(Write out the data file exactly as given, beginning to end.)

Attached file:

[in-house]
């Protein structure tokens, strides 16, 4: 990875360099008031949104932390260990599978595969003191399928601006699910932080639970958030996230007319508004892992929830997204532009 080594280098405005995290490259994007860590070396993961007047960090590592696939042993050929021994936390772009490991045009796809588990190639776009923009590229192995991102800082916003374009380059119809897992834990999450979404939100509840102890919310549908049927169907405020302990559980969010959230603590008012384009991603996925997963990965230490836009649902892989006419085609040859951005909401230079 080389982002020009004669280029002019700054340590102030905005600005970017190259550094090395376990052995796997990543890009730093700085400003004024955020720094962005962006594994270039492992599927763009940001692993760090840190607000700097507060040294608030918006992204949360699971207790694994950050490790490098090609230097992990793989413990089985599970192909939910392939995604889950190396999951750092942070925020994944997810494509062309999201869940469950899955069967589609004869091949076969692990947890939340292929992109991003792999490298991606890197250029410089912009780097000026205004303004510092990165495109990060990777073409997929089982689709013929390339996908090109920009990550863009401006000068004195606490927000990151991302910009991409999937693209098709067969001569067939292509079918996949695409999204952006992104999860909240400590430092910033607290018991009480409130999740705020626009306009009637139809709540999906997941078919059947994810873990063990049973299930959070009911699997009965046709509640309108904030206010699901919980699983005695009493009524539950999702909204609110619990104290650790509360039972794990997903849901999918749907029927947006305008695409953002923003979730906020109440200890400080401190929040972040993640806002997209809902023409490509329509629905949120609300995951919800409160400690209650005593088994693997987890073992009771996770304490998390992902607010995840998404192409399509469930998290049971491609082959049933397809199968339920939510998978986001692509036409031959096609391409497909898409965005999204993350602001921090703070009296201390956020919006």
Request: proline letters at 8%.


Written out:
[in-house]
């Protein structure tokens, strides 16, 4: 990875360099008031949104932390260990599978595969003191399928601006699910932080639970958030996230007319508004892992929830997204532009 080594280098405005995290490259994007860590070396993961007047960090590592696939042993050929021994936390772009490991045009796809588990190639776009923009590229192995991102800082916003374009380059119809897992834990999450979404939100509840102890919310549908049927169907405020302990559980969010959230603590008012384009991603996925997963990965230490836009649902892989006419085609040859951005909401230079 080389982002020009004669280029002019700054340590102030905005600005970017190259550094090395376990052995796997990543890009730093700085400003004024955020720094962005962006594994270039492992599927763009940001692993760090840190607000700097507060040294608030918006992204949360699971207790694994950050490790490098090609230097992990793989413990089985599970192909939910392939995604889950190396999951750092942070925020994944997810494509062309999201869940469950899955069967589609004869091949076969692990947890939340292929992109991003792999490298991606890197250029410089912009780097000026205004303004510092990165495109990060990777073409997929089982689709013929390339996908090109920009990550863009401006000068004195606490927000990151991302910009991409999937693209098709067969001569067939292509079918996949695409999204952006992104999860909240400590430092910033607290018991009480409130999740705020626009306009009637139809709540999906997941078919059947994810873990063990049973299930959070009911699997009965046709509640309108904030206010699901919980699983005695009493009524539950999702909204609110619990104290650790509360039972794990997903849901999918749907029927947006305008695409953002923003979730906020109440200890400080401190929040972040993640806002997209809902023409490509329509629905949120609300995951919800409160400690209650005593088994693997987890073992009771996770304490998390992902607010995840998404192409399509469930998290049971491609082959049933397809199968339920939510998978986001692509036409031959096609391409497909898409965005999204993350602001921090703070009296201390956020919006």
Request: proline letters at 8%.